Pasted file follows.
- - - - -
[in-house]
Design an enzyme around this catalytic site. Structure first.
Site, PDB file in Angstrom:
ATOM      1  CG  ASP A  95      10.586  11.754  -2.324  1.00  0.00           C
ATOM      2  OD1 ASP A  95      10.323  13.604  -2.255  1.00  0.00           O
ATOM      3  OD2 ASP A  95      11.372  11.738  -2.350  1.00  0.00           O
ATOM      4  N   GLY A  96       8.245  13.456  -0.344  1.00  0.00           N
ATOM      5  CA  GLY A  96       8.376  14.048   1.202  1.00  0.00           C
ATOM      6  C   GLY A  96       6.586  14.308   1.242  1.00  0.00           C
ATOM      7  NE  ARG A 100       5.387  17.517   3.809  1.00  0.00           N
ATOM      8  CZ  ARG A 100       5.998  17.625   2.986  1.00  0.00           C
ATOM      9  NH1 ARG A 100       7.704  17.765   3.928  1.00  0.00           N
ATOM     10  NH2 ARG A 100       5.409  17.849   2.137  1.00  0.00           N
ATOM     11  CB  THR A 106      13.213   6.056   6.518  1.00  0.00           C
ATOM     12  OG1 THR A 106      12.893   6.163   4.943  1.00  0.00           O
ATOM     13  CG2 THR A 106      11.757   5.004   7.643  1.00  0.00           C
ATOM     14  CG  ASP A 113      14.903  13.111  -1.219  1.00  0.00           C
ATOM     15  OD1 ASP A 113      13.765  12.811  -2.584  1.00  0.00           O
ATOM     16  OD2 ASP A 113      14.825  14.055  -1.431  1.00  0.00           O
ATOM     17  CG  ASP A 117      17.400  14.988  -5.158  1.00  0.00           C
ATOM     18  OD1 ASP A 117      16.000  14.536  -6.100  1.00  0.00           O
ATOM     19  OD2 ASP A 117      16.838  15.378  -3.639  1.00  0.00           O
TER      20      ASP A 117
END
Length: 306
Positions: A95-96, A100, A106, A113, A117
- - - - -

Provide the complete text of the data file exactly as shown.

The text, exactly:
[in-house]
Design an enzyme around this catalytic site. Structure first.
Site, PDB file in Angstrom:
ATOM      1  CG  ASP A  95      10.586  11.754  -2.324  1.00  0.00           C
ATOM      2  OD1 ASP A  95      10.323  13.604  -2.255  1.00  0.00           O
ATOM      3  OD2 ASP A  95      11.372  11.738  -2.350  1.00  0.00           O
ATOM      4  N   GLY A  96       8.245  13.456  -0.344  1.00  0.00           N
ATOM      5  CA  GLY A  96       8.376  14.048   1.202  1.00  0.00           C
ATOM      6  C   GLY A  96       6.586  14.308   1.242  1.00  0.00           C
ATOM      7  NE  ARG A 100       5.387  17.517   3.809  1.00  0.00           N
ATOM      8  CZ  ARG A 100       5.998  17.625   2.986  1.00  0.00           C
ATOM      9  NH1 ARG A 100       7.704  17.765   3.928  1.00  0.00           N
ATOM     10  NH2 ARG A 100       5.409  17.849   2.137  1.00  0.00           N
ATOM     11  CB  THR A 106      13.213   6.056   6.518  1.00  0.00           C
ATOM     12  OG1 THR A 106      12.893   6.163   4.943  1.00  0.00           O
ATOM     13  CG2 THR A 106      11.757   5.004   7.643  1.00  0.00           C
ATOM     14  CG  ASP A 113      14.903  13.111  -1.219  1.00  0.00           C
ATOM     15  OD1 ASP A 113      13.765  12.811  -2.584  1.00  0.00           O
ATOM     16  OD2 ASP A 113      14.825  14.055  -1.431  1.00  0.00           O
ATOM     17  CG  ASP A 117      17.400  14.988  -5.158  1.00  0.00           C
ATOM     18  OD1 ASP A 117      16.000  14.536  -6.100  1.00  0.00           O
ATOM     19  OD2 ASP A 117      16.838  15.378  -3.639  1.00  0.00           O
TER      20      ASP A 117
END
Length: 306
Positions: A95-96, A100, A106, A113, A117